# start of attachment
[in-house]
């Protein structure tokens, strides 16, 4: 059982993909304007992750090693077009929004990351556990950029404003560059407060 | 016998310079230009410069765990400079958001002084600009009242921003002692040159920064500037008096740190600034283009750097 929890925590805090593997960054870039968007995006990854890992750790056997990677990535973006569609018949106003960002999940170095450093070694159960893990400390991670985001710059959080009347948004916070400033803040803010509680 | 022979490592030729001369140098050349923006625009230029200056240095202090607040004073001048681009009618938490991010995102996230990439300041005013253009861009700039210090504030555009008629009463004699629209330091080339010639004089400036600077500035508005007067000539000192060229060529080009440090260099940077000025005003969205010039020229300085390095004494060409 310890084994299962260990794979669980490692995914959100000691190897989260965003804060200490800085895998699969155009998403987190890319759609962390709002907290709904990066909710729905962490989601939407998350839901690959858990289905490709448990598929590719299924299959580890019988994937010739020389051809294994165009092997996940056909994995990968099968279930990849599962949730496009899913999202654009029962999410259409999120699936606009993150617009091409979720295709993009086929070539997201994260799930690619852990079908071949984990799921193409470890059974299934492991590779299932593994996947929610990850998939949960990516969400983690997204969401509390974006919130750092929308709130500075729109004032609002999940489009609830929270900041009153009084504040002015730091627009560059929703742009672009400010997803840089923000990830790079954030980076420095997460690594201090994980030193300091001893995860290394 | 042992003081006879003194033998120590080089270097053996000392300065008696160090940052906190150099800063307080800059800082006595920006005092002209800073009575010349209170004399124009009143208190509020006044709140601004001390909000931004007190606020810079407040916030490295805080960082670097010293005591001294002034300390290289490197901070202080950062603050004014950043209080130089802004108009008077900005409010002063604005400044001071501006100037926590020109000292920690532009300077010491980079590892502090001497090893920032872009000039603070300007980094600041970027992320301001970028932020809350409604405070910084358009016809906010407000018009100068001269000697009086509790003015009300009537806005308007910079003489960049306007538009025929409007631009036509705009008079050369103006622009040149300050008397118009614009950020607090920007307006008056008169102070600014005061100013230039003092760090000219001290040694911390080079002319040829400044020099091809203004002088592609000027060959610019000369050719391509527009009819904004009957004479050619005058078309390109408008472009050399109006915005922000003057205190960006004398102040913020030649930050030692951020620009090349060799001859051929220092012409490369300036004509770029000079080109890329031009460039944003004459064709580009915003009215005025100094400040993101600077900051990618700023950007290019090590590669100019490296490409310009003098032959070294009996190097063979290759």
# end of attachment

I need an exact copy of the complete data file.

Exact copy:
[in-house]
């Protein structure tokens, strides 16, 4: 059982993909304007992750090693077009929004990351556990950029404003560059407060 | 016998310079230009410069765990400079958001002084600009009242921003002692040159920064500037008096740190600034283009750097 929890925590805090593997960054870039968007995006990854890992750790056997990677990535973006569609018949106003960002999940170095450093070694159960893990400390991670985001710059959080009347948004916070400033803040803010509680 | 022979490592030729001369140098050349923006625009230029200056240095202090607040004073001048681009009618938490991010995102996230990439300041005013253009861009700039210090504030555009008629009463004699629209330091080339010639004089400036600077500035508005007067000539000192060229060529080009440090260099940077000025005003969205010039020229300085390095004494060409 310890084994299962260990794979669980490692995914959100000691190897989260965003804060200490800085895998699969155009998403987190890319759609962390709002907290709904990066909710729905962490989601939407998350839901690959858990289905490709448990598929590719299924299959580890019988994937010739020389051809294994165009092997996940056909994995990968099968279930990849599962949730496009899913999202654009029962999410259409999120699936606009993150617009091409979720295709993009086929070539997201994260799930690619852990079908071949984990799921193409470890059974299934492991590779299932593994996947929610990850998939949960990516969400983690997204969401509390974006919130750092929308709130500075729109004032609002999940489009609830929270900041009153009084504040002015730091627009560059929703742009672009400010997803840089923000990830790079954030980076420095997460690594201090994980030193300091001893995860290394 | 042992003081006879003194033998120590080089270097053996000392300065008696160090940052906190150099800063307080800059800082006595920006005092002209800073009575010349209170004399124009009143208190509020006044709140601004001390909000931004007190606020810079407040916030490295805080960082670097010293005591001294002034300390290289490197901070202080950062603050004014950043209080130089802004108009008077900005409010002063604005400044001071501006100037926590020109000292920690532009300077010491980079590892502090001497090893920032872009000039603070300007980094600041970027992320301001970028932020809350409604405070910084358009016809906010407000018009100068001269000697009086509790003015009300009537806005308007910079003489960049306007538009025929409007631009036509705009008079050369103006622009040149300050008397118009614009950020607090920007307006008056008169102070600014005061100013230039003092760090000219001290040694911390080079002319040829400044020099091809203004002088592609000027060959610019000369050719391509527009009819904004009957004479050619005058078309390109408008472009050399109006915005922000003057205190960006004398102040913020030649930050030692951020620009090349060799001859051929220092012409490369300036004509770029000079080109890329031009460039944003004459064709580009915003009215005025100094400040993101600077900051990618700023950007290019090590590669100019490296490409310009003098032959070294009996190097063979290759």